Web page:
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Posted On: 8 April 2017 08:28 pm
Updated On: 12 November 2020 02:17 pm

Looking to start a business in Qatar? Here’s what you need to know

Giovanna Albanese
Giovanna Albanese
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By Giovanna Albanese

The country of Qatar has a population of more than two million people. Of this number, a small percentage is made up of individuals in the business world. As a country booming in business, Qatar is home to a strong economy that hopes to continue growing in the future. With the help of hardworking individuals both from Qatar and around the world, future growth is possible, but paramount growth can only occur if entrepreneurs can establish their start-ups.

Alongside being home to a strong economy, Qatar is home to many entrepreneurs overflowing with creative ideas that will positively impact people and the reputation of Qatar’s business scene. But, before entrepreneurs can turn their ideas into reality, they are confronted with numerous regulations enforced by the country’s Ministry of Labor.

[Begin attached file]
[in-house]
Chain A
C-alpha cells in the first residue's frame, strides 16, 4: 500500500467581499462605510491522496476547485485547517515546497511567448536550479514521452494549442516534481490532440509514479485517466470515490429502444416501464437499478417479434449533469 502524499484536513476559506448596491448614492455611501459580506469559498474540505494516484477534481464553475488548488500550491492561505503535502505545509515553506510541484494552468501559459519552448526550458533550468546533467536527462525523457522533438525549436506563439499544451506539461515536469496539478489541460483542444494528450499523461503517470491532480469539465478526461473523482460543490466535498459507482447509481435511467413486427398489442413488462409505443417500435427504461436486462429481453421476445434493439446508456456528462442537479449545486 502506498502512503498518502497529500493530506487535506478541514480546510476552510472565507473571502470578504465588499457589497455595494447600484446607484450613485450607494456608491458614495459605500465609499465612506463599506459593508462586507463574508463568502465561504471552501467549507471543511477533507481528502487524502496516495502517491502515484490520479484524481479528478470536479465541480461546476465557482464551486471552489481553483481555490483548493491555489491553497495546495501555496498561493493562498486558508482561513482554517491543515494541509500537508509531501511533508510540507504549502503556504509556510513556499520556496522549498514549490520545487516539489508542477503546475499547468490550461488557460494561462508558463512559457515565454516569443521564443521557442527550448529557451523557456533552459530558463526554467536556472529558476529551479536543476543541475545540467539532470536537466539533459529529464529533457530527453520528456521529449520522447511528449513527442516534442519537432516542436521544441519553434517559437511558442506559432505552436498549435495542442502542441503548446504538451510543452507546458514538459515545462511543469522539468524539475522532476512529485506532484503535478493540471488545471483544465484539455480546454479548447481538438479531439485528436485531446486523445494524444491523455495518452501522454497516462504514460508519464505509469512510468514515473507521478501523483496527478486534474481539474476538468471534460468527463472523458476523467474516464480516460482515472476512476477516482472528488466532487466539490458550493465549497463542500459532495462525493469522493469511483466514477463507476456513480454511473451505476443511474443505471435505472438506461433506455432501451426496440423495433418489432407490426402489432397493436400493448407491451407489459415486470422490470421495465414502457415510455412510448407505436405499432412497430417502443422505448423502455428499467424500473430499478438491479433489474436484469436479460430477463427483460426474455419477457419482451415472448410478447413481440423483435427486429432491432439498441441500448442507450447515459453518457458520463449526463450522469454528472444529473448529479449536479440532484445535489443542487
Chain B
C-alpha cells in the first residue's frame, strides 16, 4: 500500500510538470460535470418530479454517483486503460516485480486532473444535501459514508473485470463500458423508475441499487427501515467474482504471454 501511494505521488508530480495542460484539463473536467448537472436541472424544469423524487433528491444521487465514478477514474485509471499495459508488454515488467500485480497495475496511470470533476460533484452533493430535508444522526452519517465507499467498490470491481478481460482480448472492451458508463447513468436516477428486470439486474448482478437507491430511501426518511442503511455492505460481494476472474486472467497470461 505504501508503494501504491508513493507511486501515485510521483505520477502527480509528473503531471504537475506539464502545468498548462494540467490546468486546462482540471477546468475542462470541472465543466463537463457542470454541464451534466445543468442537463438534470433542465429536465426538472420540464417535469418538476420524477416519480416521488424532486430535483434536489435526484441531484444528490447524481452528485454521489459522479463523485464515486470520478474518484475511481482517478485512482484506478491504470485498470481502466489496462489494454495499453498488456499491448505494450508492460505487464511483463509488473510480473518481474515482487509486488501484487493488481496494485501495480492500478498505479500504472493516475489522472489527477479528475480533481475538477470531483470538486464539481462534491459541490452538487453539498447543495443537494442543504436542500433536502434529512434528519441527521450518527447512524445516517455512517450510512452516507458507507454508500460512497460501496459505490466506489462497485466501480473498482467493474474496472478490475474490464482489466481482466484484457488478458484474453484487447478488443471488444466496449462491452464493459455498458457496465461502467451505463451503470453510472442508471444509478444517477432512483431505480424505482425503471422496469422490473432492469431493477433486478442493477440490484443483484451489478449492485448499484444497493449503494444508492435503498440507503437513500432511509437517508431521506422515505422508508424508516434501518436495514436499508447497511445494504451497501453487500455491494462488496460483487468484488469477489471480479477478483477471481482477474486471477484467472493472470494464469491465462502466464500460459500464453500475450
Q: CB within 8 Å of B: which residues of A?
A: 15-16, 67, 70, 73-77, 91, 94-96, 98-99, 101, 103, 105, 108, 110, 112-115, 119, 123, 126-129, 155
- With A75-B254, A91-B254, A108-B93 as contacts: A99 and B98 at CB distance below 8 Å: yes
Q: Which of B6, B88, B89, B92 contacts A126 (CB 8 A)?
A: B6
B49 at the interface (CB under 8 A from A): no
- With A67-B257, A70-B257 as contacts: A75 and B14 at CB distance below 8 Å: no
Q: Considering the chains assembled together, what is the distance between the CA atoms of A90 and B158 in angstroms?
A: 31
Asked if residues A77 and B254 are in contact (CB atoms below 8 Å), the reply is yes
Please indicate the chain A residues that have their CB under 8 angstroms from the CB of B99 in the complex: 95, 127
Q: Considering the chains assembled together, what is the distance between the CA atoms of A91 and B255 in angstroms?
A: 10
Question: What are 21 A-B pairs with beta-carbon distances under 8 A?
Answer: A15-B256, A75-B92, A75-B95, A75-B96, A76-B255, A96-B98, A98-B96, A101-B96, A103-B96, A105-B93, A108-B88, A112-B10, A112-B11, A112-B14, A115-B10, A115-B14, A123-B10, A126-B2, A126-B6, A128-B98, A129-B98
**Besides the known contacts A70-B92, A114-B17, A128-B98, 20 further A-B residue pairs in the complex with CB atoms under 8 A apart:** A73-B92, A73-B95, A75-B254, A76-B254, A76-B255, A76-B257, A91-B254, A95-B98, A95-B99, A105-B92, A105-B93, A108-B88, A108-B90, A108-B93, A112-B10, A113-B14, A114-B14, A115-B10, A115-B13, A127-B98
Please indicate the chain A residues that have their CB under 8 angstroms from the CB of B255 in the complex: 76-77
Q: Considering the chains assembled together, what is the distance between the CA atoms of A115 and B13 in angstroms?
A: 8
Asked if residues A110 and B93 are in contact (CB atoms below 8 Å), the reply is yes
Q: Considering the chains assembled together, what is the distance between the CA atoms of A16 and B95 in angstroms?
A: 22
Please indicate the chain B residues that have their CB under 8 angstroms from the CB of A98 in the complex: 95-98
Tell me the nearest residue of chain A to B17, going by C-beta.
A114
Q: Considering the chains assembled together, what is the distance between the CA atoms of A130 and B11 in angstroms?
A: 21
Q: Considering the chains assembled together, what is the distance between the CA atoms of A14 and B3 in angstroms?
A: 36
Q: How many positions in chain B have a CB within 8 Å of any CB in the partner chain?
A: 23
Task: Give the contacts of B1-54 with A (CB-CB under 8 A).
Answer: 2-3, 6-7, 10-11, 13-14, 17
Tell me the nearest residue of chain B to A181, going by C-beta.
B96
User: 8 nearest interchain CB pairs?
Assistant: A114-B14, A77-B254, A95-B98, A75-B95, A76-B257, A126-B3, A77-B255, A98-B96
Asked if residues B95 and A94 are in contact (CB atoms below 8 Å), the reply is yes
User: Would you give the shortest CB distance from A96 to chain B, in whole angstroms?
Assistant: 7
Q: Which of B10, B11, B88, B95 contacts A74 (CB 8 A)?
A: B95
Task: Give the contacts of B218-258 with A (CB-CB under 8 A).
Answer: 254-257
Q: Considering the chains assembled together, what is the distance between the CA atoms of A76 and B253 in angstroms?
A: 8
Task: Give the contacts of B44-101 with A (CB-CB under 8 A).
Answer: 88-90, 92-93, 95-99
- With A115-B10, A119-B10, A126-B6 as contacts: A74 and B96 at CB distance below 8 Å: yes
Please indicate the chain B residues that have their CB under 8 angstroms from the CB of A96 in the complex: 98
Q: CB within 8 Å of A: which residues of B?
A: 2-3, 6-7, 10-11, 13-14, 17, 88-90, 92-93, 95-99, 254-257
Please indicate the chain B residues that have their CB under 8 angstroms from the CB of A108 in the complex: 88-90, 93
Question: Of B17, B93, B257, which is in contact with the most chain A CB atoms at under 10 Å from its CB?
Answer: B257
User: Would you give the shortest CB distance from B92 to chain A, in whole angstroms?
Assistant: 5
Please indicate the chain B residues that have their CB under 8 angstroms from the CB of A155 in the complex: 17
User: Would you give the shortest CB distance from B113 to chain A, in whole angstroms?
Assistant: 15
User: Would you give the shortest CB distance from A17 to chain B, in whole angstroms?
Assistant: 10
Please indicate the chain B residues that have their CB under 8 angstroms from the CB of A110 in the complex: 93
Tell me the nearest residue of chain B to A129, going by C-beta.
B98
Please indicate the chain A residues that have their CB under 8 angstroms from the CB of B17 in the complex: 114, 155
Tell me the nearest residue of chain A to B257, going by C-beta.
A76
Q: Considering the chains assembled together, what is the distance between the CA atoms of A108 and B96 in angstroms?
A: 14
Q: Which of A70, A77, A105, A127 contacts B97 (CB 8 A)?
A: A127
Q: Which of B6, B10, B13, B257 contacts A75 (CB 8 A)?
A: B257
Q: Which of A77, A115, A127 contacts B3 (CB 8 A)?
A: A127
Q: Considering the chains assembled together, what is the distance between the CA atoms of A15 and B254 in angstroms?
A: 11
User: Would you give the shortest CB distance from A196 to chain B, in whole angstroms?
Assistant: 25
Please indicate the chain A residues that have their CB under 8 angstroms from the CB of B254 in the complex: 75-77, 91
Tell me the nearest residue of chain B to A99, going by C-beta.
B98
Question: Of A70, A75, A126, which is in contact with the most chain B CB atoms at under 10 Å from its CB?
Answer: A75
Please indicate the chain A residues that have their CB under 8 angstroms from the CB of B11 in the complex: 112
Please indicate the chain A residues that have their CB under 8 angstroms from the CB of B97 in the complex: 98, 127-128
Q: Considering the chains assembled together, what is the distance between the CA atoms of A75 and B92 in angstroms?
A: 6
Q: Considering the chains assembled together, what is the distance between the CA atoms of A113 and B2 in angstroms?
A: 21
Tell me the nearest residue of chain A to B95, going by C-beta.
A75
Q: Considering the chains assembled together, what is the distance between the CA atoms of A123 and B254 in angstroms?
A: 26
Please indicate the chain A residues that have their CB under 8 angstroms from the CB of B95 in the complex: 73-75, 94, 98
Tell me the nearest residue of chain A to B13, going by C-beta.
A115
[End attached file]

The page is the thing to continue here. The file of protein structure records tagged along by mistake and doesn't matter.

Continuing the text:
We understand and appreciate that regulations are needed to keep structure in place, but there is room for improvement. So, if you’re an entrepreneur ready to take your idea to the next level, we’ve identified three barriers you may encounter during your start-up process – but don’t worry, you can do it!